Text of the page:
SAN FRANCISCO-- Google Senior Vice President Andy Rubin made yet another appearance at the Oracle v. Google trial at the U.S. District Court of Northern California here this afternoon.
Called by Oracle, the focus this time was to learn more about Rubin's knowledge related to patents belonging to Sun Microsystems.
Right from the beginning, the tension in the courtroom bumped up a notch as Oracle attorney Michael Jacobs began his questioning. Similar tohis firstfew appearanceson the stand in this case, Rubin responded by evading most of the questions throughout his testimony.
When Jacobs commenced by asking sharply, in a few different ways, if a clean room approach doesn't protect against patents, Rubin replied that he didn't think so but that he also didn't understand the question.
Continuing to rely on e-mails as core pieces of evidence in this trial, Jacobs pointed towards e-mail discussions between Rubin and Sun's Vineet Gupta in February 2006 about providing patent protection for Android.
In one message, Rubin wrote, "Had a long discussion with Eric tonight. He is cautiously skeptical if you and I can define the open-source license and include patent protection."
In another exchange with Gupta along the same thread, Jacobs commented that Rubin exhibited some concerns about Sun's patents.
Rubin's response that he did not conduct any review during the development of Android to investigate Sun's patent portfolio was in line with Google's defense strategy in this portion of the trial to assert it had no knowledge about Sun's patents.
But when asked about this in more depth by Jacobs, Rubin said that he only did this on a personal level during the days just before the lawsuit was filed in 2010.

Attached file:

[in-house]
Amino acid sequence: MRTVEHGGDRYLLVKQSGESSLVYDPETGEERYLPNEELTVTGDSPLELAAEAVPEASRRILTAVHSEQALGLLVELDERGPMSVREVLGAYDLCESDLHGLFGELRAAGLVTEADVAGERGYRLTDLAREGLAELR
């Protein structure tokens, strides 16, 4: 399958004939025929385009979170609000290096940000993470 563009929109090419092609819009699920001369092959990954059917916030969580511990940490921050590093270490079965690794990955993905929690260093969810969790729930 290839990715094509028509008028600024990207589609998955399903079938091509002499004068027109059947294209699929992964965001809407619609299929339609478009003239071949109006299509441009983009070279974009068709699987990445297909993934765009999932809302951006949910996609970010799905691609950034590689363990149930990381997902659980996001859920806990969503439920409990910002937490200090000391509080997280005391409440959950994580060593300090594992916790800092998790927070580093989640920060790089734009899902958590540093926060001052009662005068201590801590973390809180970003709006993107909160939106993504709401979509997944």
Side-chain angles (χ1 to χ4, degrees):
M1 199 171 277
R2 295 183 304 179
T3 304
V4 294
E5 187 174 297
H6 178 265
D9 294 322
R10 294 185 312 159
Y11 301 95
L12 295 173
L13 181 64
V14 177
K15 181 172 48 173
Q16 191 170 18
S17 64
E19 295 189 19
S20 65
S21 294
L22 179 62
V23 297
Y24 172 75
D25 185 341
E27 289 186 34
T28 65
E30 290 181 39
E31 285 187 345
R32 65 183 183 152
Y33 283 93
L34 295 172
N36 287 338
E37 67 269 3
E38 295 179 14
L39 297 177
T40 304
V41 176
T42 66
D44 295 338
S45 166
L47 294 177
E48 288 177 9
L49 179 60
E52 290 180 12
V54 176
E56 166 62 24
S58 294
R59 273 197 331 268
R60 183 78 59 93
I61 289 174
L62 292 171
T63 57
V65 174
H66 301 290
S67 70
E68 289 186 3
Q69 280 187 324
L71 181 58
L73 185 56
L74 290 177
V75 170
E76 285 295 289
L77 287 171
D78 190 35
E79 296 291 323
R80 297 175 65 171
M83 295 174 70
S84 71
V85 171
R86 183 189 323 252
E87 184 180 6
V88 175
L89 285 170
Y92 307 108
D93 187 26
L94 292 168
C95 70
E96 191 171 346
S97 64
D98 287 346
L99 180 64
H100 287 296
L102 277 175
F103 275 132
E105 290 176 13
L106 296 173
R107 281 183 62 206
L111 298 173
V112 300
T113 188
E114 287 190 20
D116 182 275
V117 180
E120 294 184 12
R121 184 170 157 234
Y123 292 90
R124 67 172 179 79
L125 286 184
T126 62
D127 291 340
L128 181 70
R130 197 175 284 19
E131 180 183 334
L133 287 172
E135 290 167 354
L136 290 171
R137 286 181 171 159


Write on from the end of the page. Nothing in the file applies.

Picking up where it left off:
As Rubin was called during the last 15 minutes of proceedings today, he will retake the stand on Wednesday morning at 7:45 a.m. PT.
Role of mobile OEMs
Rubin's appearance on the stand wrapped up a whirlwind, although dry, day of proceedings as Oracle opened the patent phase of the trial. Oracle called up witnesses at lighting speed in comparison to the pace of phase one.
Tuesday's roster consisted of Google engineers Tim Lindholm and Patrick Brady, Oracle engineers Bob Vandette and Noel Poore, as well as video depositions from Android team manager Dan Morrill and Motorola's Rafael Camargo.
At one point during proceedings, Judge William Alsup wanted to know more from both counsels about the importance of mobile OEMs and how those partners figure into this case.
Jacobs reiterated from his opening statements that Oracle is not only suing Google for patent violation on what it does with writing applications and internal testing, but also indirect infringement on the part of the Android ecosystem and the OEMs that install Android on mobile devices
"They are infringing, but we're holding Google responsible for that infringement because they put the code out there and have relationships with these partners," Jacobs explained. He offered some examples of devices running Android that could be considered evidence, including the HTC Evo, Motorola Droid, and Samsung Captivate.
Google attorney Robert Van Nest rebutted by first responding that "obviously, there needs to be proof of infringement before anything else happens."
Van Nest further argued that because Android is an open-source platform, the handset partners are free to change what they want and they don't have to tell Google what they alter. Instead, all the mobile OEMs are required to do is pass a test to prove they meet performance standards.
This story was first published as "Android chief called back in Oracle-Google trial to discuss patents" on ZDNet's Between the Lines.